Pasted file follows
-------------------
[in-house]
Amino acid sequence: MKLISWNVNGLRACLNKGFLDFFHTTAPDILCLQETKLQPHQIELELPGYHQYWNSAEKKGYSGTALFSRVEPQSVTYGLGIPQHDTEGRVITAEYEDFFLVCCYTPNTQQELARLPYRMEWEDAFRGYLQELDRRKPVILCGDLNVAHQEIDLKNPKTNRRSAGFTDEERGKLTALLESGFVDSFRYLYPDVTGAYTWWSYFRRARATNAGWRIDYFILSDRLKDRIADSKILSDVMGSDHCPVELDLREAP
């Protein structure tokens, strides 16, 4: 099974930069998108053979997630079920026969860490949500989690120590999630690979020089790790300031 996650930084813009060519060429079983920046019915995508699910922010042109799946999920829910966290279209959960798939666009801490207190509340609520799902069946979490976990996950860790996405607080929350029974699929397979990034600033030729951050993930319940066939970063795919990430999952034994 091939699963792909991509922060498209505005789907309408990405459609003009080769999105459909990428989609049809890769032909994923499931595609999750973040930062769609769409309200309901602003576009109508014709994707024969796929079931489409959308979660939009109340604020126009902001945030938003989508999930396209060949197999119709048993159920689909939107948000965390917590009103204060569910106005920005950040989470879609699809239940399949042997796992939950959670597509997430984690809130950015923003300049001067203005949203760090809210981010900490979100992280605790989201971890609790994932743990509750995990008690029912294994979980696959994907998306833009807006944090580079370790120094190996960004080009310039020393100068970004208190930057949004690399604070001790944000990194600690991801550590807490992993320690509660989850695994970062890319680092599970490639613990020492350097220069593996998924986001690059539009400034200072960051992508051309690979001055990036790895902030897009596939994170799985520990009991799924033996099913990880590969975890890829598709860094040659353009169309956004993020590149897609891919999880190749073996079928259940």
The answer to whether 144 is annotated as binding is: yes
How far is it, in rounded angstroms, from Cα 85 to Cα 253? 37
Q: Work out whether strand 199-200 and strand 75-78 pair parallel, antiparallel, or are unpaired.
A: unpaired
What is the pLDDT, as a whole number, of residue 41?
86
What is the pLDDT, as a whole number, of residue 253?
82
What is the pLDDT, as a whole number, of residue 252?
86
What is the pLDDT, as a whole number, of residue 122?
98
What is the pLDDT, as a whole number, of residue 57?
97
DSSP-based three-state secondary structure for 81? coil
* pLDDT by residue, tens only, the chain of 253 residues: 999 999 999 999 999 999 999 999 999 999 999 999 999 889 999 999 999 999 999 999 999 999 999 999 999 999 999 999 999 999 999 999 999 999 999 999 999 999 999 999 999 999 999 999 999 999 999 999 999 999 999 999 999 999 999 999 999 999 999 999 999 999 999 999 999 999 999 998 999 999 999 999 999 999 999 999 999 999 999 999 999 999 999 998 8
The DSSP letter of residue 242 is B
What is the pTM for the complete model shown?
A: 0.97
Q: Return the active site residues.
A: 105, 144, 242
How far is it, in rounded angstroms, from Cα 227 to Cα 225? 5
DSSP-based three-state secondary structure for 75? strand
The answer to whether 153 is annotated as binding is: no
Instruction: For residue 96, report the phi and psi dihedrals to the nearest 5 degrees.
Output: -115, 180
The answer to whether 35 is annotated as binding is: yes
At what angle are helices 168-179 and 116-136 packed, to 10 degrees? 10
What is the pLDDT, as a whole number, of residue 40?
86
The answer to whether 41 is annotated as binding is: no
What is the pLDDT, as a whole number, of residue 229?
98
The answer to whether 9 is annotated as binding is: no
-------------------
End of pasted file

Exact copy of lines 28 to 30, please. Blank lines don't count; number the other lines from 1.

Instruction: For residue 96, report the phi and psi dihedrals to the nearest 5 degrees.
Output: -115, 180
The answer to whether 35 is annotated as binding is: yes